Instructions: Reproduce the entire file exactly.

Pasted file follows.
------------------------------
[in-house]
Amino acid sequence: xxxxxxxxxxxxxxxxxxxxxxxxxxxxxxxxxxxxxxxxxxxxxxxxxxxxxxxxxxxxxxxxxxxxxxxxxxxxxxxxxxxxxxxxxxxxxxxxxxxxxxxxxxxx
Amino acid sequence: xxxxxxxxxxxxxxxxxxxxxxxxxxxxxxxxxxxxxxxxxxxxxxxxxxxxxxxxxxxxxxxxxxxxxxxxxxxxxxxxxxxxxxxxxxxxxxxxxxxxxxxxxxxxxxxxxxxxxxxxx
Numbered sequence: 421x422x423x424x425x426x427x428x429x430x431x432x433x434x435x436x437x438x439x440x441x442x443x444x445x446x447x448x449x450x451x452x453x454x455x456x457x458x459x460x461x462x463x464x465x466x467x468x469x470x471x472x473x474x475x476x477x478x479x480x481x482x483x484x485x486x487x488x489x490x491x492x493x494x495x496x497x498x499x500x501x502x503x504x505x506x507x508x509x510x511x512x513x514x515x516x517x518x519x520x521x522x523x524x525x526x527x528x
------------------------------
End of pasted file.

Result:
[in-house]
Amino acid sequence: xxxxxxxxxxxxxxxxxxxxxxxxxxxxxxxxxxxxxxxxxxxxxxxxxxxxxxxxxxxxxxxxxxxxxxxxxxxxxxxxxxxxxxxxxxxxxxxxxxxxxxxxxxxx
Amino acid sequence: xxxxxxxxxxxxxxxxxxxxxxxxxxxxxxxxxxxxxxxxxxxxxxxxxxxxxxxxxxxxxxxxxxxxxxxxxxxxxxxxxxxxxxxxxxxxxxxxxxxxxxxxxxxxxxxxxxxxxxxxx
Numbered sequence: 421x422x423x424x425x426x427x428x429x430x431x432x433x434x435x436x437x438x439x440x441x442x443x444x445x446x447x448x449x450x451x452x453x454x455x456x457x458x459x460x461x462x463x464x465x466x467x468x469x470x471x472x473x474x475x476x477x478x479x480x481x482x483x484x485x486x487x488x489x490x491x492x493x494x495x496x497x498x499x500x501x502x503x504x505x506x507x508x509x510x511x512x513x514x515x516x517x518x519x520x521x522x523x524x525x526x527x528x